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Arc Welding: The 5 Processes You Need to Know

William Hamilton
28 Min Read
Arc Welding The 5 Processes You Need to Know
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electricity to generate high levels of heat, which in turn melts the metals, creating a molten pool. As the metals cool and solidify, they fuse together, forming a single material. This fusion is the key factor behind the strength and durability of welded structures.

Arc welding is the process of melting two metals

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TIG welding

TIG welding, also known as gas tungsten arc welding (GTAW), is a welding process that offers several distinguishing characteristics:

  1. Pointed electrode for precision: TIG welding employs a non-consumable tungsten electrode with a pointed tip. This design allows for precise control and accurate welding in various applications.
  2. High-quality, attractive welds: When performed correctly, TIG welding produces high-quality welds known for their cleanliness, excellent aesthetics, and strong mechanical properties. It is often favored for applications that require superior weld appearance and integrity.
  3. Slow process: TIG welding is generally considered a slower welding process compared to others. It requires patience and meticulousness to achieve the desired results.
  4. Minimal cleanup required: TIG welding produces minimal spatter and slag, resulting in a cleaner weld that requires less post-weld cleanup.
  5. Filler material optional: While TIG welding can be performed without filler material, it also allows for the addition of filler wire if necessary to reinforce the weld joint or achieve specific properties.
  6. Best performed indoors: TIG welding is typically carried out indoors or in controlled environments to minimize the effects of wind, drafts, and atmospheric contaminants on the welding process.
  7. More difficult to learn: TIG welding is considered more challenging to learn compared to other welding techniques due to its precision requirements and the need for manual dexterity and control.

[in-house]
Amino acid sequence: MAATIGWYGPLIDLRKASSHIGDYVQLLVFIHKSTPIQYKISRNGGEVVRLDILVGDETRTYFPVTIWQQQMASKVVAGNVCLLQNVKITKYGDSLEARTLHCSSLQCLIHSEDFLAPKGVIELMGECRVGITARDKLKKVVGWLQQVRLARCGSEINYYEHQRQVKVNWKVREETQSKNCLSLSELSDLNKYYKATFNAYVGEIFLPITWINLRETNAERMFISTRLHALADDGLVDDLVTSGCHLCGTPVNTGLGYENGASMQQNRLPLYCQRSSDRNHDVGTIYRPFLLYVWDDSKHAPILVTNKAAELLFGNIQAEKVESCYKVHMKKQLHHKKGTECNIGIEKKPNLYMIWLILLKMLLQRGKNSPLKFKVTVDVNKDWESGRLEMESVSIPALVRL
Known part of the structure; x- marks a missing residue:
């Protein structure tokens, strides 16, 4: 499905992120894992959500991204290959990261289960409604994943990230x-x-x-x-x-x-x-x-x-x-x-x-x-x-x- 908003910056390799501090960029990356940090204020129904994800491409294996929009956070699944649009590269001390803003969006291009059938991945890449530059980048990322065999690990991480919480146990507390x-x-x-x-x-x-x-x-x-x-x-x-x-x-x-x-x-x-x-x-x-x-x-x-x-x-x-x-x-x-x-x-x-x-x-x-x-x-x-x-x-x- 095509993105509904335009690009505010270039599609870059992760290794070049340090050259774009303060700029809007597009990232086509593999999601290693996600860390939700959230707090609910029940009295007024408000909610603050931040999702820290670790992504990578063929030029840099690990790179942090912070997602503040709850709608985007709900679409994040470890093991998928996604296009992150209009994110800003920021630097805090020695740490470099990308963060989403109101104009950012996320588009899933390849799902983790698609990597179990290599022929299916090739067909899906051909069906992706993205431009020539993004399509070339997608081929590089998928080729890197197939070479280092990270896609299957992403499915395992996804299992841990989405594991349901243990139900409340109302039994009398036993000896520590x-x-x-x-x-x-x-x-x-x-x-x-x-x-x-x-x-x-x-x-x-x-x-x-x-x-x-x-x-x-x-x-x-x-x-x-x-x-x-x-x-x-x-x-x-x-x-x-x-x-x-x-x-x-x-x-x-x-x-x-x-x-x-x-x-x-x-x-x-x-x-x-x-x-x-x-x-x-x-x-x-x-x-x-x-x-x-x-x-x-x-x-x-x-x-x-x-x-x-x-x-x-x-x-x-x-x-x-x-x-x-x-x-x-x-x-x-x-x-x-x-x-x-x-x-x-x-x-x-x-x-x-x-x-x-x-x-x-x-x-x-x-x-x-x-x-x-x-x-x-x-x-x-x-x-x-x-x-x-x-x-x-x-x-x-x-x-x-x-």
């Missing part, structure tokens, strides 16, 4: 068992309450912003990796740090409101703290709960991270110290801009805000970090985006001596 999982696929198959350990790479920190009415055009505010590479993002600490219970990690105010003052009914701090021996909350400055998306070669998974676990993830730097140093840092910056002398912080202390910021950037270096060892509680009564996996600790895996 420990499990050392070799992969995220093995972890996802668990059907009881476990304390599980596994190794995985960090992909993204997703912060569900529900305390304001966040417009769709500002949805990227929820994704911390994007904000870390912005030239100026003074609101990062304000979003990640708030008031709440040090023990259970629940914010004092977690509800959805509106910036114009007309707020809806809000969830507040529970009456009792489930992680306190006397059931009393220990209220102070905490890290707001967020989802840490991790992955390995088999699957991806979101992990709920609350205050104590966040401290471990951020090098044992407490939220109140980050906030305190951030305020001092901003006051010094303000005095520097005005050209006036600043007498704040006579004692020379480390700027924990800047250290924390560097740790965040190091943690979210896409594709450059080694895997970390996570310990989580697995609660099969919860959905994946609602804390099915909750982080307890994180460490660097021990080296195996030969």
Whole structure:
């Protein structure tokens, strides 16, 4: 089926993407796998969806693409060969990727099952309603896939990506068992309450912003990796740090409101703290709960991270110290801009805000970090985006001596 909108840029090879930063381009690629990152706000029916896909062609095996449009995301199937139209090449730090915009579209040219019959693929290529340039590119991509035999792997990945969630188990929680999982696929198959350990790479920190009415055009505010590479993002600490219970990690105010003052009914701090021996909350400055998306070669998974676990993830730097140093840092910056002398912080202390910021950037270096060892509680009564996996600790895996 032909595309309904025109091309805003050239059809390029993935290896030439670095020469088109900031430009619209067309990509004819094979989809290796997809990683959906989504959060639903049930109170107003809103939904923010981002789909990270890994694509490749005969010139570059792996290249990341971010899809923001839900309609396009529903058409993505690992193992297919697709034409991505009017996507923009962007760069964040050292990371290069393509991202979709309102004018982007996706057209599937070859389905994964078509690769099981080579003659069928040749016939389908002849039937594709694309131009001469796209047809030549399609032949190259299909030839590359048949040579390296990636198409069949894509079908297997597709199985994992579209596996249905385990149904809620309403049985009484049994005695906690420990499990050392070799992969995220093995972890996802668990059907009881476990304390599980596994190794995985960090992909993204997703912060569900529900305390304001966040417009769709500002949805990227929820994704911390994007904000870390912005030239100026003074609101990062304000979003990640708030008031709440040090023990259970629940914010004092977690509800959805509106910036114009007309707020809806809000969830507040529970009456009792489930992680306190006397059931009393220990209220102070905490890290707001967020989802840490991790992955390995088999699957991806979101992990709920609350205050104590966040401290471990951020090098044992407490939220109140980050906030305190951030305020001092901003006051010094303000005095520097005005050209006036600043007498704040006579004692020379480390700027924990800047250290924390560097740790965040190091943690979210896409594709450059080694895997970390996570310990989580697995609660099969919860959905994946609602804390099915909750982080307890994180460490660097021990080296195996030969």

8. Good for welding round things: TIG welding excels at welding cylindrical or round objects, such as pipes or tubing, thanks to its ability to produce precise, high-quality welds.

While TIG welding may pose a learning curve, the results it offers in terms of weld quality and appearance make it a highly sought-after welding process for skilled welders.

The TIG welding process

The TIG welding process involves the following steps:

  1. TIG welding gun: The TIG welding gun consists of a pointed tungsten electrode, a connector for the welding machine, and a shielding gas supply.
  2. Creating the arc: The TIG welding arc is initiated by touching the pointed tungsten electrode to the base metal and then quickly removing it. This creates a small and intense arc that is well-suited for high-quality and precise welding.
  3. Filler metal (optional): TIG welding is unique in that it doesn’t necessarily require a filler metal, but one can be used if necessary. If a filler metal is used, it needs to be manually fed by hand during the welding process.
  4. Tungsten electrode selection: Various types of tungsten electrodes are available to suit different types of welds. Pure tungsten electrodes are commonly used, especially for metals like aluminum.
  5. Shielding gas selection: The choice of shielding gas in TIG welding depends on the specific metals being welded. Argon is a commonly used shielding gas in TIG welding.
  6. Indoor welding: Like MIG welding, TIG welding utilizes an external gas supply for shielding, making it best suited for indoor environments away from wind and drafts.

Where is TIG welding used?

TIG welding finds application in various scenarios:

  1. Thin sheet metals: TIG welding is well-suited for welding thin sheet metals due to its precise control and low heat input, minimizing the risk of warping or distortion.
  2. Visible projects: TIG welding’s ability to produce high-quality and clean welds makes it ideal for projects where the welds will be visible. It is often used in metal art sculptures and other projects where aesthetics are important.

TIG welding’s capability for precise and clean welds, along with its suitability for thin materials and visible projects, has made it a preferred choice in industries such as art, automotive, aerospace, and more.

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